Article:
This nutrient sensing pathway, which is described in the current on-line issue of Cell Metabolism, may also have implications for the health benefits of polyphenols containing foods against fatty liver, hyperlipidemia, and atherosclerosis associated with obesity and type 2 diabetes.
Although it is well known that elevated serum cholesterol and triglyceride levels and fatty liver are caused by increased hepatic lipid synthesis and/or decreased lipid clearance in patients with obesity and diabetes, the underlying mechanistic pathways of these changes remains unknown.
The master regulators of lipid metabolism that were studied are called AMPK and SREBP. The researchers used a molecular biology approach, cell culture system and animal models to indicate that dysregulation of AMPK, an energy sensor, and SREBP, a protein that is important regulator for lipid biosynthesis, are affected in obesity. Mice fed a diet with high fat and high sucrose became obese and had insulin resistance and elevated circulating levels of cholesterol and triglyceride which led to accelerated atherosclerosis. In contrast, dietary supplementation with S17834, a polyphenol, significantly improved the metabolic disorder, lipid levels and atherosclerosis.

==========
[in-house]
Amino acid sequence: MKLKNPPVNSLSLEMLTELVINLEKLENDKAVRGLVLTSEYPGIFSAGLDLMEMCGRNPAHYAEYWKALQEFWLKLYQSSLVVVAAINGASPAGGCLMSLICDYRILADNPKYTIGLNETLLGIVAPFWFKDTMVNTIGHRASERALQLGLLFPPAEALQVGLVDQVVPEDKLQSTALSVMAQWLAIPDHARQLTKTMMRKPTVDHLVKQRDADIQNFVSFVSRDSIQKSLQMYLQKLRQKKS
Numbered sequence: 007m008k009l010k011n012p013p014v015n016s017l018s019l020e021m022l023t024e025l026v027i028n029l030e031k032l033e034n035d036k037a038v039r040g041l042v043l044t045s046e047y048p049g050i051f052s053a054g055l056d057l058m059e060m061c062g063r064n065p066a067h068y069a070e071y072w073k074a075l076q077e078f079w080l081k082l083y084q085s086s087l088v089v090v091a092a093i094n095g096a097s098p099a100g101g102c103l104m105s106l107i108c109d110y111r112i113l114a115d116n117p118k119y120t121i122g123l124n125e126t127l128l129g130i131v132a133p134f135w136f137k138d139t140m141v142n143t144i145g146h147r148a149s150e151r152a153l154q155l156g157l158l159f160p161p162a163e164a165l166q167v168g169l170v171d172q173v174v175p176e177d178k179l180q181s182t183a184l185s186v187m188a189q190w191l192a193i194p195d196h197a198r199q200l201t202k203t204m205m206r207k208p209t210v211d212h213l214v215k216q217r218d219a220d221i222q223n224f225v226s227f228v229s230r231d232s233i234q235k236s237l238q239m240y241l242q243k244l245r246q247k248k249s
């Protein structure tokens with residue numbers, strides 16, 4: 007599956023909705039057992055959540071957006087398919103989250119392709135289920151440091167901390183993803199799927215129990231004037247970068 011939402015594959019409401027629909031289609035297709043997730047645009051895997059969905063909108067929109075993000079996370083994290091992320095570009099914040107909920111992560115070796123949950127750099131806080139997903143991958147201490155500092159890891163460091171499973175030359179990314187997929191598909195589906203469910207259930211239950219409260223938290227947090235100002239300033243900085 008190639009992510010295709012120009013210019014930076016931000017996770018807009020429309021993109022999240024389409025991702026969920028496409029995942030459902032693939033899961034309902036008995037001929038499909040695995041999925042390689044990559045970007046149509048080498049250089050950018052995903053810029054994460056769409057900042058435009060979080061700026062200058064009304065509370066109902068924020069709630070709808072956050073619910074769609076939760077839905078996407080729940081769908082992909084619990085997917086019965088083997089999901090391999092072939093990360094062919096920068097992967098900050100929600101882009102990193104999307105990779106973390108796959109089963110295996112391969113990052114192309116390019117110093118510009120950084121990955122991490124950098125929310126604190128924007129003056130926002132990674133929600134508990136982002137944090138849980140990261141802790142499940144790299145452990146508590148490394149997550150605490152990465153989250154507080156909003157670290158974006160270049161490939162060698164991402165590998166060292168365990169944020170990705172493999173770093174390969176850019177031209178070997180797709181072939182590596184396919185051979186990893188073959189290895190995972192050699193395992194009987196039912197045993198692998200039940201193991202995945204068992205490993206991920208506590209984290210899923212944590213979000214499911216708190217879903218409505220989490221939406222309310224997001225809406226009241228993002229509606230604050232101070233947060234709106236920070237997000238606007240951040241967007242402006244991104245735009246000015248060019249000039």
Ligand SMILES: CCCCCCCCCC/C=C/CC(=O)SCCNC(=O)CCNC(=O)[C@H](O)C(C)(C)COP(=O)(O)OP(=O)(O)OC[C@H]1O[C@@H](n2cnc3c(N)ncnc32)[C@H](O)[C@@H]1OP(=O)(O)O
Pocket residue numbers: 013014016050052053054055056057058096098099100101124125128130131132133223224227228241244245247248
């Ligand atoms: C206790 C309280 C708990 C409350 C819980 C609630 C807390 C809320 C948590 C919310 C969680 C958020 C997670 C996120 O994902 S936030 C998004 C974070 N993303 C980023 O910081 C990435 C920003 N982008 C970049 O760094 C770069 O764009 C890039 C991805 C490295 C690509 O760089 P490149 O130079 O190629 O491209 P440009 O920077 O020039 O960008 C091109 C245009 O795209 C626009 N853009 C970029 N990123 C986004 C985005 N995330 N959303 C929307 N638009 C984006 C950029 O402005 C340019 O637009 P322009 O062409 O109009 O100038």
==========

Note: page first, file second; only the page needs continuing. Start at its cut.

“Our findings suggest that AMPK suppression and SREBP activation are a root cause of fatty liver and hyperlipidemia in type 2 diabetes and its associated vascular complications such as atherosclerosis,” said senior author Mengwei Zang, MD, PhD, an assistant professor of medicine at BUSM.
According to the researchers the potential health benefits of polyphenols have been gaining increasing interest. “In our studies, AMPK is potently and persistently activated by polyphenols including the natural compound resveratrol, which is present in red wine, grapes and green tea, as well as the synthetic polyphenol S17834, which is a drug candidate provided by Servier Pharmaceutical Company,” explained Zang. “AMPK directly suppresses SREBP via its phosphorylation, inhibiting the activity of its target lipogenic enzymes in the liver, and accounting for the protective effects of the polyphenols on fatty liver, blood lipids and diabetic atherosclerosis,” she added.
The researchers believe these findings may lead to the development of new drugs that could stop or slow diabetes progression or improve current treatments.
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Contact: Gina M. Digravio, 617-638-8491, [email protected]